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What are the best starter medical herbs

 
gardener
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I have just recently started growing herbs.  That led me to learning about medical herbs.  I'm very interested in learning more, and I want to grow what I need.  I have started with kitchen type herbs, I also planted ecanatia, yarrow, and comfrey.  What are your top oh maybe 25 herbs you think are the most beneficial?  Thank you for your help.
 
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Oregano, sage, licorice, thyme, winter savory. Lemon balm-careful-its' invasive. Mint and honeysuckle. Same.  Self heal.  
Grow houtuynnia cordata, but only in a pot.
John S
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Mullein, plantain, comfrey, mint, yarrow, nettle, dandelion, coltsfoot, goldenrod, horsetail, licorice, oregon grape, lemon balm, feverfew.
 
Andrea Locke
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Oh, and lavender.
 
Andrea Locke
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And two more - chamomile and calendula.
 
John Suavecito
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Jen-sometimes it's useful to think about what you want the medicine for, before you put your effort into a particular plant.
John S
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25 is a lot. Rosemary, valerian, hops, hyssop, you're in a hot climate isn't it Jen? Maybe eucalypthus , ginger, grapes!,monk's pepper, viburnum,cloves, marythistle, skullcap, schisandra, perilla, passionflower, ginseng, java tea, marjoram, evening primrose, bitter gourd, chamomille, shi take,, juniper, jamaican sorrel, fennel, californian poppy, wild yam,  artichokes, javan turmeric,grapefruit, cocos tree, cinnamon, senna, carawaycayenne pepper, green tea, marigold, borage, absinth, horse radish, burdock,marshmallow,aloe vera. Pfew , have fun!
 
Jen Fulkerson
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Wow lots of help.  The cool thing is I'm growing more herbs on the list then I knew. I have a lot to learn.  I have honeysuckle because I like the smell.  Lavender all over the place, chamomile because my daughter likes it in tea, I grow calendula as a companion plant in my veggie garden.  We have had grapes for years Red flame and thompson's seedless.  I have aloe vera. Just planted a cayenne pepper.  My herb spiral has rosemary,  thyme, 3 kinds of basil, parsley, chives, cilantro, oregano, and spearmint.  I have rosemary, peppermint, stevia, and ecanatia on the outside. I bought lemon balm seeds, I'm going to put it in a old cement sink that has a crack in it, that way it won't take over the world.  Lots of the herbs in your posts I have never even heard of, so I will look them up.  As far as knowing what I want, I don't know yet, I'm just starting this journey. I can't remember ever really regretting planting anything.  I learned when the tag on mint said it's invasive I should have taken that more seriously.  Even so I redid my raised garden bed, and don't mind mint in my walk a ways.  Live and learn.  Thank you so much for all your help,. I will hit the internet, and learn about all these wonderful herbs. Thank you.
 
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I also have to say trying to recommend 25 is a lot!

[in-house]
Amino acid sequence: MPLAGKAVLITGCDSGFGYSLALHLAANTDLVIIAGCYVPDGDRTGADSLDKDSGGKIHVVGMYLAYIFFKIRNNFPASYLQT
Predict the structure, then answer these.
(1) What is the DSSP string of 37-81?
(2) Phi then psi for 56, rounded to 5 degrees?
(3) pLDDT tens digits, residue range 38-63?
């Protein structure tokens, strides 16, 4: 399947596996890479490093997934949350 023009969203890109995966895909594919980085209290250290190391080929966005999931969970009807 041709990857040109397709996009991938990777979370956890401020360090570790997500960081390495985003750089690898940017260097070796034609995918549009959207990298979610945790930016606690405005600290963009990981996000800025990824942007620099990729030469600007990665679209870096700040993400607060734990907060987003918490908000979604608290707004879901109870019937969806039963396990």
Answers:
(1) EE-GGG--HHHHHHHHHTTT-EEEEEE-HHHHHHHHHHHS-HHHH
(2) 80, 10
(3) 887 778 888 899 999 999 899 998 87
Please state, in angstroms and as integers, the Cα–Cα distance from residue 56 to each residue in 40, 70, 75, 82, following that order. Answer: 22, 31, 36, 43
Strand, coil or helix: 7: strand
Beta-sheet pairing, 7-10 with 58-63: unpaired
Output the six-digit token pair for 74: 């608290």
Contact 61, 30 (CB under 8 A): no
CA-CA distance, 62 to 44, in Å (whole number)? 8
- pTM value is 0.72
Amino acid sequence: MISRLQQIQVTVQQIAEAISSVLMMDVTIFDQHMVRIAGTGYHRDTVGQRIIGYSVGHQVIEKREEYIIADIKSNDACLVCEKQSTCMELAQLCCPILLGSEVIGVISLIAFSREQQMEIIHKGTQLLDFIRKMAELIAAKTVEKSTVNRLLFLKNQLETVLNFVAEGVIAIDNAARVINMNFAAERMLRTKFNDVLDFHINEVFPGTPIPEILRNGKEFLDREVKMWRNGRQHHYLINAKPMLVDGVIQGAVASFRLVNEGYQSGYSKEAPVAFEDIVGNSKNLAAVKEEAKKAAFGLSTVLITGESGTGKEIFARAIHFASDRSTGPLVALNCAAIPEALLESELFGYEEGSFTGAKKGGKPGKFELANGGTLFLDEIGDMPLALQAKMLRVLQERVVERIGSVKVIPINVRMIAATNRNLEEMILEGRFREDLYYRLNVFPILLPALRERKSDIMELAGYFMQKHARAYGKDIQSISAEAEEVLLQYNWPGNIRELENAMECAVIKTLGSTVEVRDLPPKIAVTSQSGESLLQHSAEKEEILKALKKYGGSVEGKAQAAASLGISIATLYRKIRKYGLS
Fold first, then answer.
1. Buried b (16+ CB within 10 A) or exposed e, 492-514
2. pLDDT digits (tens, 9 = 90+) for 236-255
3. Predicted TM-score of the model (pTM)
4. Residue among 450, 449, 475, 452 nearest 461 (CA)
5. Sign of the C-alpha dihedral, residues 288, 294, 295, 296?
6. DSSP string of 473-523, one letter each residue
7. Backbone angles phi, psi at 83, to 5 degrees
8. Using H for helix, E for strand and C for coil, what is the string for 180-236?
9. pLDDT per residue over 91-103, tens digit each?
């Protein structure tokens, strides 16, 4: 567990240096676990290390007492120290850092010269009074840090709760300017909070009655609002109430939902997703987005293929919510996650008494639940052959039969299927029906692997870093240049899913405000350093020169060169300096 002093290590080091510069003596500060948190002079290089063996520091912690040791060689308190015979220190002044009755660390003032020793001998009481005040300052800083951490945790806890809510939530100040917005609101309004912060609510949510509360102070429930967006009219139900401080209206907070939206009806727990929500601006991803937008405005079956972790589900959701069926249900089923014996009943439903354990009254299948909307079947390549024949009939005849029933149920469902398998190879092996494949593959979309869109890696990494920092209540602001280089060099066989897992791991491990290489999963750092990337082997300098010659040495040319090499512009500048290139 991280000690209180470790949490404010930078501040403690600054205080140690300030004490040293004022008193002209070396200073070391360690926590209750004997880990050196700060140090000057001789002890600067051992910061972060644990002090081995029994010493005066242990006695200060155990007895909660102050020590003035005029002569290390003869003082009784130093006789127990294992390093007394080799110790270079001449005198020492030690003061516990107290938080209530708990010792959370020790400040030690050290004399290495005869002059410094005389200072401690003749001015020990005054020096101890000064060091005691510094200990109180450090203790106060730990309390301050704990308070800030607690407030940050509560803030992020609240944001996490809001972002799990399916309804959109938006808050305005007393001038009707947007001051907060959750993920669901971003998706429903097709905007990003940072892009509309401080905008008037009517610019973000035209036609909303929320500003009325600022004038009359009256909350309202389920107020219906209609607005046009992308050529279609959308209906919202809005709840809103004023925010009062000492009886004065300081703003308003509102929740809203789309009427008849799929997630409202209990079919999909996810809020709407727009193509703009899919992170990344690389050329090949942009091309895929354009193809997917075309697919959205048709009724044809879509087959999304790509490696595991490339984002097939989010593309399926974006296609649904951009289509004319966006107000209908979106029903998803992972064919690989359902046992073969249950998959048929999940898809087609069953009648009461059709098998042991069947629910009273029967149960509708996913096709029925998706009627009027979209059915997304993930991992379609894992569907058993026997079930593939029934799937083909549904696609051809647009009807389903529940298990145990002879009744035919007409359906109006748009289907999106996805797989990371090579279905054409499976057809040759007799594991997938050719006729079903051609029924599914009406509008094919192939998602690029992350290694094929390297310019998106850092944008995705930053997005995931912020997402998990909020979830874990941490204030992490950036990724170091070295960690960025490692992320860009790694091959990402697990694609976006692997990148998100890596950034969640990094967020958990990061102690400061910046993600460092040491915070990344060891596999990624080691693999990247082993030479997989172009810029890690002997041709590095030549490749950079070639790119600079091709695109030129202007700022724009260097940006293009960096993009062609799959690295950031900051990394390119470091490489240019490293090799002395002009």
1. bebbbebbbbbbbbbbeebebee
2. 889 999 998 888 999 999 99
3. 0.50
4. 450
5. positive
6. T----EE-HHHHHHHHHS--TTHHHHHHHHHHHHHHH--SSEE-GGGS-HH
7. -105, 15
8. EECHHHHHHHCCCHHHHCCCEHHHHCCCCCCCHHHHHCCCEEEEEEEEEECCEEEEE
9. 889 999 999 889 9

I have not seen parsley mentioned.  I grow it for its health benefits.

My favorite is rosemary but you have to use a lot of it or plant it like a shrub 4' x 4'!

My other favorite is lemon balm.

These are really the only ones I really take advantage of the medicinal properties.  
 
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Jen, you are part of the audience that I was hoping for in The Medicinal Forest Garden Handbook - that is people who want to know more about healing plants, like trying new ones, willing to invesitgate, but also have lots of medicinal possibilities already in place without necessarily realising it! So, for you and all the other brilliant suggestions in this thread, here is not so much a starter list but my (temperate) desert island forest garden top five plants for being used for a variety of health issues (though there are so many more to choose from in the book!):

Marigold (Calendula officinalis) for flowers to use in an antiseptic and antifungal skin balm - must have sun and be picked regularly
Valerian (Valeriana officinalis) for roots to dry and make into pills for anxiety and sleeplessness - likes damp shady places
Elder (Sambucus nigra) for flowers and fruit for syrup to use in colds and flu - prefers open setting and easily coppiced (pictured)
Cramp bark (Viburnum opulus) for bark to powder or tincture and use in spasmodic complaints from frozen shoulder to painful periods - loves a moist situation
Hawthorn (Crataegus monogyna) for flowers, leaves, berries for tea or tincture to lower blood pressure and strengthen heart - grows almost anywhere (NOT for use alongside prescribed medication for hypertension)
Sambucus_tree.jpg
Elder flowering on woodland edge
Elder flowering on woodland edge
 
Jen Fulkerson
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I am learning so much, thank you everyone.  I picked 25, more  to not be limiting, not to make anyone feel 25 must be listed, I should have just asked for favorites.  I value the knowledge given on permies, sometimes when I search information on the internet it becomes a bit overwhelming, so much info, but not sure what is accurate.  Thank you all.
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